By Riches Soberekon
Ethiopia and the European Union (EU) have signed a significant cooperation agreement worth €650 million ($680 million).
The deal was announced by Jutta Urpilainen, the EU commissioner for international partnerships, during a press conference in Addis Ababa, Ethiopia.
This agreement marks an important step towards normalizing relations and fostering a strong partnership between Ethiopia and the EU.
The aid package aims to support Ethiopia’s post-war recovery and facilitate the implementation of crucial economic reforms.
The EU aid package, originally planned from 2021 to 2027 with a total value of €1 billion ($1.04 billion), was put on hold due to the conflict in the Tigray region.
With the recent cease-fire and the conclusion of the war, the EU has taken the opportunity to extend assistance to Ethiopia.
Prime Minister Ahmed expressed gratitude for the aid, highlighting its significance in the country’s recovery and economic reforms.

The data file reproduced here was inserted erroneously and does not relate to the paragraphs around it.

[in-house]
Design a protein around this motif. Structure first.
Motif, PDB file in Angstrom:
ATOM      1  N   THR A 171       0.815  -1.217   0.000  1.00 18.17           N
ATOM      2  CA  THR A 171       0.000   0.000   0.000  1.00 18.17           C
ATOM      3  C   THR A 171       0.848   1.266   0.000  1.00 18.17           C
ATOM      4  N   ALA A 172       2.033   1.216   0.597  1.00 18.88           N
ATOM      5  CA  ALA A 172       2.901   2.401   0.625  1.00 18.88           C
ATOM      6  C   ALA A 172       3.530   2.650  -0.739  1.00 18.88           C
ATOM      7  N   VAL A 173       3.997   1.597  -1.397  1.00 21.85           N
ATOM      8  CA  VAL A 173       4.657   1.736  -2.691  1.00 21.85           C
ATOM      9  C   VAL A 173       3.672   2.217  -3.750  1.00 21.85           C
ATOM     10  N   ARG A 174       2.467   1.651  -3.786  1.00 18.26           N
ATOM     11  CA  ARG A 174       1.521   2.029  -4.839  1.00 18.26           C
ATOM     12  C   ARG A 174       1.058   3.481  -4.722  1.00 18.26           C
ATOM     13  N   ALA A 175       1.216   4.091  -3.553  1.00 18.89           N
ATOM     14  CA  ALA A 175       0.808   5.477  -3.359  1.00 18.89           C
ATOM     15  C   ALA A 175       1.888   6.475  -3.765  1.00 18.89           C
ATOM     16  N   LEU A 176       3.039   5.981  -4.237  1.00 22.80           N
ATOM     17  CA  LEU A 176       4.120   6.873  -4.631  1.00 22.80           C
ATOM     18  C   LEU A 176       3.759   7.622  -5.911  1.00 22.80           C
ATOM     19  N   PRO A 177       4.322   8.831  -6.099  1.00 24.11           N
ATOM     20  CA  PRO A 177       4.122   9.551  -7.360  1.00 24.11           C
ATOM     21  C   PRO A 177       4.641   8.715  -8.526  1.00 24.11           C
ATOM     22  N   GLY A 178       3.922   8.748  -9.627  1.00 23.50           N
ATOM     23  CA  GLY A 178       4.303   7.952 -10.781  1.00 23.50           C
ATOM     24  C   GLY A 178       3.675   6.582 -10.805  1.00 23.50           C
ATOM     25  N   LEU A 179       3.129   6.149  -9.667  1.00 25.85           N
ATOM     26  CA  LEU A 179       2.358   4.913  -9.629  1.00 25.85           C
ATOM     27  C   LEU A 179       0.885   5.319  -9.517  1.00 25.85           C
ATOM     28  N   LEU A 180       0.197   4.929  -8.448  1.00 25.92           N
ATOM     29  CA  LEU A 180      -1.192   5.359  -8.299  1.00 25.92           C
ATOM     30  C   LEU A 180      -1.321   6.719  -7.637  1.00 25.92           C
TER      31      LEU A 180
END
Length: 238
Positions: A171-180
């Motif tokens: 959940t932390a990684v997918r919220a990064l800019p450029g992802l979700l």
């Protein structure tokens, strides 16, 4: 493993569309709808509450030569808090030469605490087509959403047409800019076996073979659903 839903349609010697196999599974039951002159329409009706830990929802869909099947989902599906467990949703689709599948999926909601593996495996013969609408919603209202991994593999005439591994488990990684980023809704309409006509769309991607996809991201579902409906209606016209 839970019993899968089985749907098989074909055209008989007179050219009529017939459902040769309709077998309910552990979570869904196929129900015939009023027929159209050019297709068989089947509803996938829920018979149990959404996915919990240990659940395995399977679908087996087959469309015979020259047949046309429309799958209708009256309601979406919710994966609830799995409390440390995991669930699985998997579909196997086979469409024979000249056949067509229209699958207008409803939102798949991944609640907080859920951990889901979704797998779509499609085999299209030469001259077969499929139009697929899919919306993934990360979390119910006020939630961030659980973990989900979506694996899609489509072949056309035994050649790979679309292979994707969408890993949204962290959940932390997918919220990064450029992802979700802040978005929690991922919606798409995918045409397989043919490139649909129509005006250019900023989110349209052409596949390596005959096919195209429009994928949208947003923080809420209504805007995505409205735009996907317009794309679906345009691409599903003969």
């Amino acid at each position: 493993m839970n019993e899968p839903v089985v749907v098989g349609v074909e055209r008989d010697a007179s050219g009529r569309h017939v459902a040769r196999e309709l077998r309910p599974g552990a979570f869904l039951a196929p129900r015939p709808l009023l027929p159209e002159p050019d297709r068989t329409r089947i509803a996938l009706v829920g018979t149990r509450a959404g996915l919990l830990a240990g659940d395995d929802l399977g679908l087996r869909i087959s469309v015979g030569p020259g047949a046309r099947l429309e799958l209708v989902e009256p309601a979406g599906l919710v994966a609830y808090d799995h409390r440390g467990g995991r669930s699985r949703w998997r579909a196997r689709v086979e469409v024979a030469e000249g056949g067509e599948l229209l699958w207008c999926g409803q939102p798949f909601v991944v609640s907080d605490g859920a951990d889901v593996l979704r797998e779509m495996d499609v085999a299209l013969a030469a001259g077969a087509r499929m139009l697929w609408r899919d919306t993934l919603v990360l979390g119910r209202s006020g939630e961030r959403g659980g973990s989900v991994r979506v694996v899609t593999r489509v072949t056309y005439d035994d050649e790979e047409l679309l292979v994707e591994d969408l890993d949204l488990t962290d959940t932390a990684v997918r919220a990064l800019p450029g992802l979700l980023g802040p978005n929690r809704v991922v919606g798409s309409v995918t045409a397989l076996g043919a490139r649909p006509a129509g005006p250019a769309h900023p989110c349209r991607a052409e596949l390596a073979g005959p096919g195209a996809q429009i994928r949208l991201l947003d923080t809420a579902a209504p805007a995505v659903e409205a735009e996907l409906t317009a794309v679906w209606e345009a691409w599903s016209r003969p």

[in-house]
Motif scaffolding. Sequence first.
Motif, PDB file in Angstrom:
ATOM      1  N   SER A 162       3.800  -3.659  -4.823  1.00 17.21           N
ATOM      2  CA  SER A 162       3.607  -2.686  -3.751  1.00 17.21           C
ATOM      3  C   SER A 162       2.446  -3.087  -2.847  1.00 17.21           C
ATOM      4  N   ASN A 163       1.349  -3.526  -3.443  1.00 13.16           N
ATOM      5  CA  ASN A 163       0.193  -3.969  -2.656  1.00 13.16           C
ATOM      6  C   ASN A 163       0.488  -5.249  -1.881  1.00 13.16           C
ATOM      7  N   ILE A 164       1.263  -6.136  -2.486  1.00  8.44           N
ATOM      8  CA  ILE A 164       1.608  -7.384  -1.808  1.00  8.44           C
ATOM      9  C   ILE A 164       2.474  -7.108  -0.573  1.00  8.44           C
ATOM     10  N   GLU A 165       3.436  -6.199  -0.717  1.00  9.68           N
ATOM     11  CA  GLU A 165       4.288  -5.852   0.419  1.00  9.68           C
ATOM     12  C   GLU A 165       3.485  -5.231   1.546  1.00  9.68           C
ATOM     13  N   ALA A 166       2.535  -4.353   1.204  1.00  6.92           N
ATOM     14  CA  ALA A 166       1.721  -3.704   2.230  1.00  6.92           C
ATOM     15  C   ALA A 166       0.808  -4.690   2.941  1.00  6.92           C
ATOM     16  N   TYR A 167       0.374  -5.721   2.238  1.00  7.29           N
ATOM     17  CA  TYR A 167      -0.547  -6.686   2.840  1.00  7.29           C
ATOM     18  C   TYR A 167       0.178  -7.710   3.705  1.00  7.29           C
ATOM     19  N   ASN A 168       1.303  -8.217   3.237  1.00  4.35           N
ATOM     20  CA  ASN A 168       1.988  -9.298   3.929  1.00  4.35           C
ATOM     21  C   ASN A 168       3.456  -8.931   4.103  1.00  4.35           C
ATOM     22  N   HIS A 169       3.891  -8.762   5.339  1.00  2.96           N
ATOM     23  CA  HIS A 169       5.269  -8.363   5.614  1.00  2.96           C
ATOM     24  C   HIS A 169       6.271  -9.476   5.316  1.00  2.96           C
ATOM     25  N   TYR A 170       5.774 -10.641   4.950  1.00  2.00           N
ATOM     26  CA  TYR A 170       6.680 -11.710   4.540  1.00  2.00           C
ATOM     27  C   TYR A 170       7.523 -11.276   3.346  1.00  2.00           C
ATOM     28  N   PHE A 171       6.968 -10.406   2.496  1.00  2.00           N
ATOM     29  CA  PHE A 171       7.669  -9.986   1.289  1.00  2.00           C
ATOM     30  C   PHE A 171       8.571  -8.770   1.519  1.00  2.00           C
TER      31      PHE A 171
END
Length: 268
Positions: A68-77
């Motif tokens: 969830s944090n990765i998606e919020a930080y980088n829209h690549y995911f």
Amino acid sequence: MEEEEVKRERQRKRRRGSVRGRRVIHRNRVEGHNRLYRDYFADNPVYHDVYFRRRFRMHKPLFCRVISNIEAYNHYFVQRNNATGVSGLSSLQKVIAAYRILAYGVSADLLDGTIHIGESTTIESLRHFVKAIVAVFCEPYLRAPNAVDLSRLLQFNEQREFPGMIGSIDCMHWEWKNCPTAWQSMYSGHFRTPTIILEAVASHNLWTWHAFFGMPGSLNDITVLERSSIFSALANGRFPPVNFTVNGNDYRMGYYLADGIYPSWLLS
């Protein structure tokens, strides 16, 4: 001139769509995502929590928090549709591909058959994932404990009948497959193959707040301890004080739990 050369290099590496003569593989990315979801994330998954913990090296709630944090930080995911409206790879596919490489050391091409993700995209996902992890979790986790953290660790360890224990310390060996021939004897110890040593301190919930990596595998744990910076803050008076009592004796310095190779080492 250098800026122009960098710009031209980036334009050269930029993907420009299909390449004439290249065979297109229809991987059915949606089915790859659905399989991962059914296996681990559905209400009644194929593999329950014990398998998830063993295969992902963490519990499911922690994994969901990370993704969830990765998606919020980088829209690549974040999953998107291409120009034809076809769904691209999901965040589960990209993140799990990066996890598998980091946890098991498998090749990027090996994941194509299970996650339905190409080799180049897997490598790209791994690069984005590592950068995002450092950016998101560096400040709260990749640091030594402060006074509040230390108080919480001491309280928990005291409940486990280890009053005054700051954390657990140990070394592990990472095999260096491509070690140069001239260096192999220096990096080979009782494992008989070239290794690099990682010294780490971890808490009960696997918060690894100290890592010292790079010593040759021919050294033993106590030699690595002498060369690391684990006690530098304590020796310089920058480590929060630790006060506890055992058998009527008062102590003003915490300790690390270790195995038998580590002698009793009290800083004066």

While direct budgetary support remains suspended, the EU has outlined political conditions that need to be met for reinstating such assistance.
The EU commissioner also emphasized the importance of an International Monetary Fund program to support Ethiopia’s economic reforms.
During her visit, Urpilainen is scheduled to meet with Prime Minister Abiy Ahmed and Moussa Faki Mahamat, the chairman of the African Union Commission, to deepen the dialogue and explore avenues for enhanced cooperation.
It is important to acknowledge the severe humanitarian consequences of the Tigray conflict, including casualties, reports of massacres, mass rape, and allegations of enforced starvation. The EU has made it clear that full restoration of relations depends on accountability for these grave crimes.
This historic agreement between Ethiopia and the EU marks a significant milestone in their partnership, supporting Ethiopia’s recovery, reconstruction, and sustainable development.